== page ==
China Daily, People's Republic of China

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Hysterical U.S. Response to AIIB Diminishes American Influence (Huanqiu, China)


How badly has the American response to the creation of the Asian Infrastructure Investment Bank, an emerging rival to the World Bank and the global financial architecture that has existed since the end of WWII, damaged the standing of the United States? This editorial from China's state-run Huanqiu advises Chinese leaders not to get carried away with their own success and Washington's embarrassment, lest hubris cost Beijing more points than the U.S. has lost.




Translated By John Chan


April 7, 2015


People's Republic of China - Huanqiu - Original Article (Chinese)

With the initial stages of the Asian Infrastructure Investment Bank (AIIB) proving a major success, there are many interpretations within world public opinion about the geopolitics of its creation, and which include lots of booing – even in Chinese media.


It must be pointed that the "geopolitical interpretations" of the AIIB's legality originate from with Washington's political elite and other U.S. decision makers. This has not only practically sidelined the United States to a considerable degree, but has profoundly distorted many people's perceptions about this new development.



While the number of economies that have sought to become founding members of the AIIB has far exceeded expectations, the United States has publicly discouraged its allies from joining at all. This is perhaps why this unexpected success has so sparked the political imagination of the international community. When something creates a global sensation like this, there are bound to be political implications – and the AIIB is no exception.


The AIIB has disrupted the existing global financial system, which is part of the basic framework of the global order. When the U.S. attempted to protect the existing financial status quo by boycotting the AIIB, it highlighted the bank's political implications. The result is that Washington overestimated its own appeal and lost influence on the issue.


After the World Bank expressed a willingness to cooperate with the bank and work on joint projects, the United States changed its attitude, bringing the political end game over the newly-initiated financial institution into view. Yet this episode will not vanish like a meteor traversing the sky, but will long reverberate through international politics.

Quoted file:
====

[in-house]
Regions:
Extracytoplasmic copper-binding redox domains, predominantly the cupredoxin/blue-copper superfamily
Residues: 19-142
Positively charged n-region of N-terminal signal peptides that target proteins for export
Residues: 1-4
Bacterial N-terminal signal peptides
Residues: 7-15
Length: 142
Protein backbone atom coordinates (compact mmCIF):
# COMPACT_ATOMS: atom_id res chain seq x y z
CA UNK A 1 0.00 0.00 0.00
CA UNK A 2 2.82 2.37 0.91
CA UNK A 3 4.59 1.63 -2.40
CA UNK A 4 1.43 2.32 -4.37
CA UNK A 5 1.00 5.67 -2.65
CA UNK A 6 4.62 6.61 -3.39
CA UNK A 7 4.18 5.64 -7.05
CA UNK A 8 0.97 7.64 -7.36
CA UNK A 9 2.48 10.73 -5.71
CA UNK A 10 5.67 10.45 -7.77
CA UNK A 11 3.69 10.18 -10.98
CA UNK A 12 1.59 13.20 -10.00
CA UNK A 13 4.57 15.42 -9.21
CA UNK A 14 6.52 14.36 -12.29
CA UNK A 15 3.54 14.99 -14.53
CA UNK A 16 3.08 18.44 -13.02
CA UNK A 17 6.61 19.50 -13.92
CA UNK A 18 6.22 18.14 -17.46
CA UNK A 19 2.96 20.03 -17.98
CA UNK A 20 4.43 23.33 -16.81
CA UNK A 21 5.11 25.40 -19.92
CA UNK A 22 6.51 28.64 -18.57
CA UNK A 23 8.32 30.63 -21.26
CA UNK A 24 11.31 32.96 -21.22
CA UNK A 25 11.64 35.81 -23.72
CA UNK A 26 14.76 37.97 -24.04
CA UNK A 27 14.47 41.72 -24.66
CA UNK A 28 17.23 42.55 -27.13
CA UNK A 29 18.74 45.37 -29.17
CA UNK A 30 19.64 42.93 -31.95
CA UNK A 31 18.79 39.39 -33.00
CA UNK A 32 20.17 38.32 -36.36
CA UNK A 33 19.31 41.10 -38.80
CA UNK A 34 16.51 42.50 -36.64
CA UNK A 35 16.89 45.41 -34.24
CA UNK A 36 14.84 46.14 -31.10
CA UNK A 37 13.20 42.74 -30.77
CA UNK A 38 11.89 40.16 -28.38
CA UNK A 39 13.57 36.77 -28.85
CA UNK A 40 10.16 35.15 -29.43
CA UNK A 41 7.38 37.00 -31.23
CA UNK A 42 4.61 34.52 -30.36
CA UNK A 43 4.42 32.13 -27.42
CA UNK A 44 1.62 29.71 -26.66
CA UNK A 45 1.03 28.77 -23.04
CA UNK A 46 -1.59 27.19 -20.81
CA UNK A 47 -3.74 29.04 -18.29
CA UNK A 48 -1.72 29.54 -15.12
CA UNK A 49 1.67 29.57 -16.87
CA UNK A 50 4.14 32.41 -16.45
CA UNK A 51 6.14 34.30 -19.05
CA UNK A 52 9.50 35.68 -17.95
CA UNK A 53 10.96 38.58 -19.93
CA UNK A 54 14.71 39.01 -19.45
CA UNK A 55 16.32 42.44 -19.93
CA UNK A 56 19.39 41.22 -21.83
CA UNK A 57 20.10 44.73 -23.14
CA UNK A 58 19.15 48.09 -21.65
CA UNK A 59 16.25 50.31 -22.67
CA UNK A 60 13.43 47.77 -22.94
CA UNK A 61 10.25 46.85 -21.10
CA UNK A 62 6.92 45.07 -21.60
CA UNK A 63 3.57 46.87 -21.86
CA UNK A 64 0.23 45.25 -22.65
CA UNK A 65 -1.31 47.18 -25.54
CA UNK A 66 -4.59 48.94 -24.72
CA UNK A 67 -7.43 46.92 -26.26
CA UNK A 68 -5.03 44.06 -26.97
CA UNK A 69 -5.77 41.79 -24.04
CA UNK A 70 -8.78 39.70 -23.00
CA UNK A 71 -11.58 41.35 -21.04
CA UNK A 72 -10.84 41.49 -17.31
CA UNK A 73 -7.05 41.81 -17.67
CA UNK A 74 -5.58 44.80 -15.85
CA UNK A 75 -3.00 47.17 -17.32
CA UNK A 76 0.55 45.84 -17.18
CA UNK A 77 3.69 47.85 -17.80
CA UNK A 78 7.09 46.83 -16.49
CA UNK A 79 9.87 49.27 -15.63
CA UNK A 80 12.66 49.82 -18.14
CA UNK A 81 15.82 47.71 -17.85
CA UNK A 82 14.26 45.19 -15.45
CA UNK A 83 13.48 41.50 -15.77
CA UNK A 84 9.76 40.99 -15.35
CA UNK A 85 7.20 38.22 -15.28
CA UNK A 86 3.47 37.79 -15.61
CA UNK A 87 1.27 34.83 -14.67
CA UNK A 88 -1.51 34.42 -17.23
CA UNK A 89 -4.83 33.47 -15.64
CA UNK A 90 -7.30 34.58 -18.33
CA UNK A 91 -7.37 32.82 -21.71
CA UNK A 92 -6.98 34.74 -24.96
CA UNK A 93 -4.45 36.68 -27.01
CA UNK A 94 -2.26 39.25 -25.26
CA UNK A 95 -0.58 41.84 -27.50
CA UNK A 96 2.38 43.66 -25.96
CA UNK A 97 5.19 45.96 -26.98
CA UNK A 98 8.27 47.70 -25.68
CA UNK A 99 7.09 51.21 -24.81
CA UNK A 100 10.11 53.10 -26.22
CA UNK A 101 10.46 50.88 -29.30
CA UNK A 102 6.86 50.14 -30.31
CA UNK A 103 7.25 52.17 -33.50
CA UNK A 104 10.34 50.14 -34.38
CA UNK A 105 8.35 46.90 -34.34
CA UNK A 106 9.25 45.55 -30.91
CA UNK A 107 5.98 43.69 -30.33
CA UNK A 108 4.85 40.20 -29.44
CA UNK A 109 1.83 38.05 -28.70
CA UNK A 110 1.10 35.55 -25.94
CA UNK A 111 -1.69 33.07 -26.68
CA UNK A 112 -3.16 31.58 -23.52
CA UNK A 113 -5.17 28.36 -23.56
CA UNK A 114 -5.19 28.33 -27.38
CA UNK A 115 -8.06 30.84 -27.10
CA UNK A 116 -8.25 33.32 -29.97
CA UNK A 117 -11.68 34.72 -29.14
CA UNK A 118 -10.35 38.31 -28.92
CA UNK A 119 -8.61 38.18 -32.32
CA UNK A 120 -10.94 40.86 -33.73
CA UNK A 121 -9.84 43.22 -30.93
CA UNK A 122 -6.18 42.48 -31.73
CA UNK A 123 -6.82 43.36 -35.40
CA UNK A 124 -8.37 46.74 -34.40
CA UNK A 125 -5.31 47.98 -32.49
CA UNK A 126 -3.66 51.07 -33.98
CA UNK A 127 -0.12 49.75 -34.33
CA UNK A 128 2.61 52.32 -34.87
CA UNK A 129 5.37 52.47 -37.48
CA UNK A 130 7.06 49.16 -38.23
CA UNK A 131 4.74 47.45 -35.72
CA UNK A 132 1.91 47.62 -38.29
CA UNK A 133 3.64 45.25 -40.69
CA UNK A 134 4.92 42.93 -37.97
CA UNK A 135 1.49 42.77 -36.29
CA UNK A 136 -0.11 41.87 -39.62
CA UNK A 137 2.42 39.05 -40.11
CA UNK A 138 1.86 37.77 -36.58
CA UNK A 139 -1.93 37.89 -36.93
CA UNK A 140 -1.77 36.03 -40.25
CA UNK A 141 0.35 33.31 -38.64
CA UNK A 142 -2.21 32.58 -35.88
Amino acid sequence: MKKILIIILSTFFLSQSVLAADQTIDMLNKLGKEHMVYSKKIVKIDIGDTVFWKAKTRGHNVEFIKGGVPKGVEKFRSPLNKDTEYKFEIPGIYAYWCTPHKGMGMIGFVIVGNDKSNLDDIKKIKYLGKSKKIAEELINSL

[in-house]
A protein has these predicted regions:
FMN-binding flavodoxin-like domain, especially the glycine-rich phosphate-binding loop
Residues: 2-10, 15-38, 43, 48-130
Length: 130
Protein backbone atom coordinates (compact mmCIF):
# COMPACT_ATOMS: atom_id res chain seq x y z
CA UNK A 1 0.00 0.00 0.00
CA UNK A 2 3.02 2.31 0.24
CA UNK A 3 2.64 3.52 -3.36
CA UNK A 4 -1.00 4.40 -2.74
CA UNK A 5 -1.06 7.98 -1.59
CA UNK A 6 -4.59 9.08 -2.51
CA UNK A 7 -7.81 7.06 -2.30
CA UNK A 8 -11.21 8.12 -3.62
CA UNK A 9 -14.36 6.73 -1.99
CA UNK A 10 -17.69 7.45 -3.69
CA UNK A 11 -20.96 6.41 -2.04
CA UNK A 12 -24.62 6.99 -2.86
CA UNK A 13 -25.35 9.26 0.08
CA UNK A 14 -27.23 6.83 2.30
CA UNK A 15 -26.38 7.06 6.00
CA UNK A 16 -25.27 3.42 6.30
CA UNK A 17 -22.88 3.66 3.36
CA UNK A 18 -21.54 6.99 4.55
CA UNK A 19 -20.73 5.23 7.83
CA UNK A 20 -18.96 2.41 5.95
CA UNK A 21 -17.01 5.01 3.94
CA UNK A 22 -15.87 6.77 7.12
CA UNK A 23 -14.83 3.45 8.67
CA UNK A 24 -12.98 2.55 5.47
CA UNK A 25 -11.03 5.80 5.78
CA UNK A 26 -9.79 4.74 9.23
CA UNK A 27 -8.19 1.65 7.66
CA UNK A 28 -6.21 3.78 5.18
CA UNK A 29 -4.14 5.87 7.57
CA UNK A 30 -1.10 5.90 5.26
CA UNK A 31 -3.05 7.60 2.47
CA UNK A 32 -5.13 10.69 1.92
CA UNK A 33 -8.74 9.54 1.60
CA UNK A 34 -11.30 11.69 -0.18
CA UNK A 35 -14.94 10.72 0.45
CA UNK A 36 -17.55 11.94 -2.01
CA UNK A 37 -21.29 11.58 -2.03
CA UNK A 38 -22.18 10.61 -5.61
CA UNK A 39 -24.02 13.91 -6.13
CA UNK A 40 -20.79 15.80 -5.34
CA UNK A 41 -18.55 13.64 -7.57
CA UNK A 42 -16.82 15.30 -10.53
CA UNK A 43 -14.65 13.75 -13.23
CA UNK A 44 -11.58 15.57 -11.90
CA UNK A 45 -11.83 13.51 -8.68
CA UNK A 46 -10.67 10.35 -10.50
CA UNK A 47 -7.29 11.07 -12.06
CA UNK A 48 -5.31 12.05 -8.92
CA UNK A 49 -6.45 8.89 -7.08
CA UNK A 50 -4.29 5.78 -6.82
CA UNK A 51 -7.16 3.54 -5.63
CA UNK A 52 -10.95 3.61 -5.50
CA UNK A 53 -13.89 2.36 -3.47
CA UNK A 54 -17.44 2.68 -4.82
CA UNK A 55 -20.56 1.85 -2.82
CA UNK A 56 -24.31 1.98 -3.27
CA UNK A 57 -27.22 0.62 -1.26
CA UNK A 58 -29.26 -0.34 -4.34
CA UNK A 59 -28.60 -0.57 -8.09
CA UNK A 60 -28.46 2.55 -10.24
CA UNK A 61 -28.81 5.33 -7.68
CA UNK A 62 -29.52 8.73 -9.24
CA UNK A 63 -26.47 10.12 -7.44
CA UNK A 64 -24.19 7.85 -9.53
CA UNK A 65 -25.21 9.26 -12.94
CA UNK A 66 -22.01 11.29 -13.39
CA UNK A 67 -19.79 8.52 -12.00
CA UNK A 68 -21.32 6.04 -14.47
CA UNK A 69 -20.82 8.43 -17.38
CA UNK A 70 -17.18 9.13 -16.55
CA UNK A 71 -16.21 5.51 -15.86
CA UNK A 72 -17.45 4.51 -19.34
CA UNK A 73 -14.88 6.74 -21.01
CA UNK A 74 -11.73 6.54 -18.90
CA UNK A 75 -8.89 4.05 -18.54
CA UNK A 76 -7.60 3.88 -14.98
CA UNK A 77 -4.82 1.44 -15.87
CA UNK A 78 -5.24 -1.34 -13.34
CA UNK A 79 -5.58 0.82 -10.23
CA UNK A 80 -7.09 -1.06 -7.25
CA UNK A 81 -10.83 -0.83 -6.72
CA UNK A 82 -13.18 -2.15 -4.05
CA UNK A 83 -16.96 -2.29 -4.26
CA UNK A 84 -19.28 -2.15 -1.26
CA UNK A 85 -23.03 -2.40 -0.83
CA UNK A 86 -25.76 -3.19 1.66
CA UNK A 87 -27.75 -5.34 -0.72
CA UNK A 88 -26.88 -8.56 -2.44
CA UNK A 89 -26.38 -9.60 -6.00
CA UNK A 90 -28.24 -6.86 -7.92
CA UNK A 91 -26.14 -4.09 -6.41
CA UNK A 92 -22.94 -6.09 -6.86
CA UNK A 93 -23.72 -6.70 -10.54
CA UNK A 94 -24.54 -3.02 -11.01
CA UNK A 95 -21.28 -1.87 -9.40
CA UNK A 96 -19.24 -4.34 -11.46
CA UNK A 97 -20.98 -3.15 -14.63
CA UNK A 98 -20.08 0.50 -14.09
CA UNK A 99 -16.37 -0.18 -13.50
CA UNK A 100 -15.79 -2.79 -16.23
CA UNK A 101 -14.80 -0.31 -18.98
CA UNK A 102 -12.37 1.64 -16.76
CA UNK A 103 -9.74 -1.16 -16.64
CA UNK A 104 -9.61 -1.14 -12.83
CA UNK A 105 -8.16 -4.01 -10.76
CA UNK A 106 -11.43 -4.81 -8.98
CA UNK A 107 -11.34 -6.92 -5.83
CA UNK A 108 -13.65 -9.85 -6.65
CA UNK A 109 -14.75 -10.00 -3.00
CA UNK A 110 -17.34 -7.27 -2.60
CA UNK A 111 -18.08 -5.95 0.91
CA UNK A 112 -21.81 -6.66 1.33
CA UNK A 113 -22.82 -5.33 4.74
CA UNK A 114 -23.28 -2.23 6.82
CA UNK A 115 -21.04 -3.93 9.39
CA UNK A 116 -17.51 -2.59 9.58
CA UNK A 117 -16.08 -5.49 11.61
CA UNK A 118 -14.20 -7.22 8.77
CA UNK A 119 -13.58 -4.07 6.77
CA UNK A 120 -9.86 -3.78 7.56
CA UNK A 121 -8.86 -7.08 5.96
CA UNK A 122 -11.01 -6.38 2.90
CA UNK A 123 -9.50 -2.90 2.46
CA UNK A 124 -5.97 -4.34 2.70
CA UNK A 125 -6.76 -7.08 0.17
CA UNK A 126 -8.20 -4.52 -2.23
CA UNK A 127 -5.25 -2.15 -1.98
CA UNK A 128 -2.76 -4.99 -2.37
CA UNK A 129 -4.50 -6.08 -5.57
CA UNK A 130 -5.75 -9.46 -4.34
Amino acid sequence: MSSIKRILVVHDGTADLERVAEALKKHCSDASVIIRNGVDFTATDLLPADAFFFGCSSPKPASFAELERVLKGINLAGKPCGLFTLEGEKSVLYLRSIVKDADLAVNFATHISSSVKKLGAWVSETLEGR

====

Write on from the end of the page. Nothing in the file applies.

Yet one should not exaggerate the aftermath. The founding of the Asian International Investment Back should not be seen as harbinger of geopolitical events or a measure of the balance of power between China and the United States. While it shows the limits of American hegemony, it does not mean that the decline of American dominance will be gradually replaced by an alternative hegemony. It is nevertheless true that America's attempt to throw a wrench into the works has proven very unpopular and so has diminished U.S. influence.



As the future unfolds, the China-led investment bank will adhere to accepted global practices in finance and trade, and we will devote ourselves to fulfilling our original committment to make the AIIB an international institution that acts beyond the interests of any single nation. If China were to begin playing geopolitics because the United States lost the game, it is unlikely that China would gain. In fact it might well be the opposite: China might lose more than the Americans.


In a certain sense, competition is in the very nature of investment banking, and in this case was advantageous to China. Meanwhile, the United States ultimately embarrassed itself, rendering our public opinion quite pleased. Some used the opportunity to take cheap shots at the United States, but on the whole this is not a common circumstance. China's academic circles should be on high alert not to reflect public opinion when it smacks of opportunism.

Posted By Worldmeets.US,


China's renaissance will be a long process. China's economy will continue to be buffeted by external events and be examined geopolitically by outside analysts; hence in many cases the geopolitical significance is greater than zero. Yet China must not be led by the nose by external events and let its economy be impacted by geopolitical brinksmanship. It is necessary to diminish the impact of geopolitical elements and concentrate on the economy itself.


China's economy gives us an advantage and is a source of significant global leverage, whereas geopolitics, while it often looks like a point of advantage, is most often like a swamp or trap. Win-win cooperation is almost never a part of the Western geopolitical dictionary. Rather, its habit of zero-sum thinking suggests a far different future. Instead, China's future success is likely to depend on our capacity to advance down the path of win-win cooperation and expand the number of those who benefit from the equation.



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[Posted By Worldmeets.US, April 7, 2015, 7:49am]








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